Primary-aged children had second highest Covid-19 rates in early February, REACT study finds

School leaders say the government must not expect schools themselves to run on-site daily testing.

Primary school aged children had the second highest levels of Covid-19 infection in early February, according to the latest round of a randomised testing programme.

Imperial College’s Real-time Assessment of Community Transmission, or “REACT” programme, has been tracking infection rates throughout the pandemic.

The latest round of testing, carried out between February 4 and 13, found that although the prevalence of Covid-19 fell across all age groups, it was highest among 18 to 24 year olds (0.89 per cent) and among children aged 5 to 12 years old (0.86 per cent).

This is compared to a prevalence of 0.51 per cent in the wider community in England, which is down more than two thirds since the last study in January, when 1.57 per cent tested positive.

It comes as school leaders await news of the government’s plans for reopening schools more widely.

They have been closed to all but the most vulnerable pupils and children of key workers since January 5, but attendance at primary schools has gradually been increasing, reaching 24 per cent last week.

Prime minister Boris Johnson has said he wants to see pupils return to schools from March 8, and has promised to set out a “roadmap” out of the latest lockdown on Monday.

Reports of staggered secondary return, but Johnson ‘favours big-bang return’

It is not yet known whether all pupils will return on March 8, but it has been reported that a staggered approach for secondary pupils could be used to facilitate the mass testing of returning children.

The Telegraph reported today that families of secondary school pupils will then be asked to administer twice-weekly lateral flow tests at home.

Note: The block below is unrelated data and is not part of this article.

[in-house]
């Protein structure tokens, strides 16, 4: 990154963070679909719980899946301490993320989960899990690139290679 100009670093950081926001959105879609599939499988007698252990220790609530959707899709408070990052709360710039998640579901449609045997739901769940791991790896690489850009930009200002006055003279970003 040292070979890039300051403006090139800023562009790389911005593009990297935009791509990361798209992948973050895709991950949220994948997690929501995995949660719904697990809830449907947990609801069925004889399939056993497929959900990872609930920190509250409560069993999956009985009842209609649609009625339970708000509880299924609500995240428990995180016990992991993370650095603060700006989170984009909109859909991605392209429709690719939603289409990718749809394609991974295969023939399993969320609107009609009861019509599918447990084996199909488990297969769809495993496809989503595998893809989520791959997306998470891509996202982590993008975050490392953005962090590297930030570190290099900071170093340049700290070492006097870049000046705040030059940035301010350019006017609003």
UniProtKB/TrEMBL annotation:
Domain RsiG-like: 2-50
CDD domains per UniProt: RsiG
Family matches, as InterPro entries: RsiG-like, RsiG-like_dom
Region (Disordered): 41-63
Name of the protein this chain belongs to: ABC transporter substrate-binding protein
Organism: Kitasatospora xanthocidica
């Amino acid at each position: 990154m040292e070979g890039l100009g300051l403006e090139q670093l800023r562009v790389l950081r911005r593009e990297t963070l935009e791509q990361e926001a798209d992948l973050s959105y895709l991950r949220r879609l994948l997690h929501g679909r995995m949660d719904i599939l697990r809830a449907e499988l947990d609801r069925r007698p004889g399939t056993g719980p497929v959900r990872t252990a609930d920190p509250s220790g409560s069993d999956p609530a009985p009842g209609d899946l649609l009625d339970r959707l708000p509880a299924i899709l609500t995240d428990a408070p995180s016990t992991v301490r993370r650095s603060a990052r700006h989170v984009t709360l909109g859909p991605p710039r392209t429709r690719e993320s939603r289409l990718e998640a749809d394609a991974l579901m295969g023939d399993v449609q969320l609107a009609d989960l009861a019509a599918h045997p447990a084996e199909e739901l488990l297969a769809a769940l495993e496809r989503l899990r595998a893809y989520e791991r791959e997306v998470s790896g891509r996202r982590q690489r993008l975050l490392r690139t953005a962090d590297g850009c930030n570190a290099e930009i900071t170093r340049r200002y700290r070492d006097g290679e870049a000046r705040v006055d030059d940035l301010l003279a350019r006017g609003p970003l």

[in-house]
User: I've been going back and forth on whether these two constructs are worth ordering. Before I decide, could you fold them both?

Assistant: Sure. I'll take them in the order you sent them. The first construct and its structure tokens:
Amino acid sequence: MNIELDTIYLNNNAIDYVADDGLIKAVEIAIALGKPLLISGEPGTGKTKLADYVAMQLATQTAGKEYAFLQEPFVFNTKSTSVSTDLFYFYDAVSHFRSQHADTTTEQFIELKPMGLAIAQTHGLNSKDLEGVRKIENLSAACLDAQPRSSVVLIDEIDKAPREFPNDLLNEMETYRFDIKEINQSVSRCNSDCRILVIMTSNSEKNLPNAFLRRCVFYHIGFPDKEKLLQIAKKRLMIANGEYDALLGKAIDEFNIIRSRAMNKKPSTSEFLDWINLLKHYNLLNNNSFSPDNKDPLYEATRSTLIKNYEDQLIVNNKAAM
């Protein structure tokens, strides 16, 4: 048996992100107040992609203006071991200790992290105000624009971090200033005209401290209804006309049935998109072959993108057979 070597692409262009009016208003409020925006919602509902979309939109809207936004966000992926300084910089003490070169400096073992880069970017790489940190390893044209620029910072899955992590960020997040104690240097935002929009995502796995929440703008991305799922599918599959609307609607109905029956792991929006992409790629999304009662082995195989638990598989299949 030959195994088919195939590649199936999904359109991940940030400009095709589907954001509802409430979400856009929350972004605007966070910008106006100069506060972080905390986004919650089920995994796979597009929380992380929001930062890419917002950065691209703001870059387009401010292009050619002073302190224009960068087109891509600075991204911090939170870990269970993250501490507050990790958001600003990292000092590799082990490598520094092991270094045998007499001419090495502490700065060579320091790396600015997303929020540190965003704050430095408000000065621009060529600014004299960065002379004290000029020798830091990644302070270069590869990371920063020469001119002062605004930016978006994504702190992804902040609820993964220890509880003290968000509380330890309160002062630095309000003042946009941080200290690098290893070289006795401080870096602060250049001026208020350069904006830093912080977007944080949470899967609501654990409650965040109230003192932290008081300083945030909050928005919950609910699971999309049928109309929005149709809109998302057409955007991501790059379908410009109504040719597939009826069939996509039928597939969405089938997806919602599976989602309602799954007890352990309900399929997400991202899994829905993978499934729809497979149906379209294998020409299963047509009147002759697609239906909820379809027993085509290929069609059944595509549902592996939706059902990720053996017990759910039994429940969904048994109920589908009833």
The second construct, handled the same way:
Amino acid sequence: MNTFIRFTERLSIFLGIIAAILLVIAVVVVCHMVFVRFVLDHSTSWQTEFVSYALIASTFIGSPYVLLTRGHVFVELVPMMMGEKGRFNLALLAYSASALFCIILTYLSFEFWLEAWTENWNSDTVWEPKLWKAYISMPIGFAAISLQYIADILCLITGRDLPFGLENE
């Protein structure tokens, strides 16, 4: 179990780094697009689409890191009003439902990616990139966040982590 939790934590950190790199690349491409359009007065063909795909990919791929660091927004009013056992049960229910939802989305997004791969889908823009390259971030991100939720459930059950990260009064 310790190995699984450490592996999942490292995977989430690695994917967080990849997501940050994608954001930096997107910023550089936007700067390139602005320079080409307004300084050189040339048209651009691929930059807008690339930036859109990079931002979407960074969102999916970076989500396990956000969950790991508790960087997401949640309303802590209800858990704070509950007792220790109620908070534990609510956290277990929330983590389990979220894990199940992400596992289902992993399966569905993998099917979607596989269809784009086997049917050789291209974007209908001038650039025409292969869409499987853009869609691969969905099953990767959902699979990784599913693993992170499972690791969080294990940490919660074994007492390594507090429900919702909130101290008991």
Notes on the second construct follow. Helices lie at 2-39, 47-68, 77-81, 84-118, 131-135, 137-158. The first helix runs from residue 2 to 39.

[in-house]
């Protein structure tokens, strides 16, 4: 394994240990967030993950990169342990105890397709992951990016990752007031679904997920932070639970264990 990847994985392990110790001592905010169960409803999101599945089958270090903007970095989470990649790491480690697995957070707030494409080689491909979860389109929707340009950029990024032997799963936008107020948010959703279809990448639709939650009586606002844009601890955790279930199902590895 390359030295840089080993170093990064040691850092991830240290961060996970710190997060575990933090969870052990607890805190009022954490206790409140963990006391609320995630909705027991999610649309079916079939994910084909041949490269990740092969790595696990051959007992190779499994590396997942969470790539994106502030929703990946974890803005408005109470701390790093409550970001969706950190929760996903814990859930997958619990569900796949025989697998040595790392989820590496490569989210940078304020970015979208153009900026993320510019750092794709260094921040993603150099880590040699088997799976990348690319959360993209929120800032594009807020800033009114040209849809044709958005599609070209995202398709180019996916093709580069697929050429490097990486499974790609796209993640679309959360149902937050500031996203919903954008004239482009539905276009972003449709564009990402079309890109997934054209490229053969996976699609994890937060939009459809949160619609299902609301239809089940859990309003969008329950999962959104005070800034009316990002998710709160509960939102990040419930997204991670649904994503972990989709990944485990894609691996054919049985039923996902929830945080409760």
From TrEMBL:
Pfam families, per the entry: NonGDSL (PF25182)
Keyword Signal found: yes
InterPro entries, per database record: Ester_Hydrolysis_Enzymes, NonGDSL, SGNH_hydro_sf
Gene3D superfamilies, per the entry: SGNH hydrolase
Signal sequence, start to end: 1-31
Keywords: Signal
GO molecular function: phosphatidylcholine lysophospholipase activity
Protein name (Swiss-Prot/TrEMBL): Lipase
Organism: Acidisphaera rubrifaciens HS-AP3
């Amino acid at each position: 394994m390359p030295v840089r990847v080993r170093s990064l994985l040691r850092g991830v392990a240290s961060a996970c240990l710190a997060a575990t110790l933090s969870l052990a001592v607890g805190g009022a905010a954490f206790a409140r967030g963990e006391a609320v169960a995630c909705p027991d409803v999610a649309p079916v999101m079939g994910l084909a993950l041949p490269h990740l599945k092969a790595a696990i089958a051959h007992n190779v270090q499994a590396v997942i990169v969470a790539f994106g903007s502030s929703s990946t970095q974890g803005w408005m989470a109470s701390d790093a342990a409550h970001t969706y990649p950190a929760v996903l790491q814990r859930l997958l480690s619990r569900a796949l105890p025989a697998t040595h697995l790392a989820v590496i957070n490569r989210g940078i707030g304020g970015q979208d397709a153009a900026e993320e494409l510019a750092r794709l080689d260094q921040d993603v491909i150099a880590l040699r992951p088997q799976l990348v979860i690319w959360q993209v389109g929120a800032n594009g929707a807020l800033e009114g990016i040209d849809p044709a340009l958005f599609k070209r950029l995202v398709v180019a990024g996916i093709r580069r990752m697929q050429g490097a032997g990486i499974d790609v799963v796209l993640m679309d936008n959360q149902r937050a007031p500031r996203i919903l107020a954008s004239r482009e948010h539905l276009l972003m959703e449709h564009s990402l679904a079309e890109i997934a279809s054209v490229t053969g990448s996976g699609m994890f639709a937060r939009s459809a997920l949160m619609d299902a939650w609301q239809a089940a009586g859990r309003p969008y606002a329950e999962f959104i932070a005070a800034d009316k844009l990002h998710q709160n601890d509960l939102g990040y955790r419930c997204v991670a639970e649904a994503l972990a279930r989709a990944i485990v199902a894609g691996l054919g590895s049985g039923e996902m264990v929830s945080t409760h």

But the Guardian has reported that Johnson favours a “big bang” return, which would involve all pupils going back to school on the same day.

Dr Mary Bousted, joint general secretary of the National Education Union, said such an approach would be a “high political risk for Boris Johnson”.

“Safe and sustainable school reopening is vitally important for pupils, parents and the wider community, so it is essential that it is done properly,” she told Schools Week.

“Phasing of year groups gives the time for the effect on the ‘R’ rate to be assessed, and the effects of the government’s safety mitigations to be examined and altered if needs be.”

In the latest REACT study, 348 of the 85,473 swabs collected between February 4 and 13, were positive. The report’s authors said that despite a “strong decline” in prevalence, it remains high, similar to levels seen in September.


The number of Covid-19 cases in hospital is still higher than at the peak of the first wave in April last year.

In the January round of testing, the prevalence among 5 to 12 year olds was 1.59 per cent and for 18 to 24 year olds it was 2.44 per cent.

For 13 to 17 year olds, prevalence last month was 2.25 per cent, making them the second-highest hit group at the time. But the rate dropped to 0.5 per cent this month.

The report warns that the easing of social distancing when transitioning out of lockdown need to be closely monitored to avoid a resurgence in infections and “renewed pressure on health services”.

The Guardian has also reported that the government plans to launch a PR campaign later this month to build up parents’ confidence ahead of schools’ reopening.

Last year, ministers came under fire for paying a television presenter to post on social media promoting the government’s back-to-school campaign.

The Department for Education said it regularly reviews the scientific and medical evidence and advice to make sure the safety measures and testing facilities in place in education are guided by the most up-to-date understanding.

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  1. Mark Watson

    Dear Dr Bousted, wouldn’t a full re-opening of schools on 8 March also be a “high political risk” for Kier Starmer and the Labour Party, given that’s exactly what he stated should happen yesterday?

    I’d say I find it surprising that Unions and SchoolsWeek have seemingly overlooked other political parties when it comes to criticising Government proposals, but I’m not.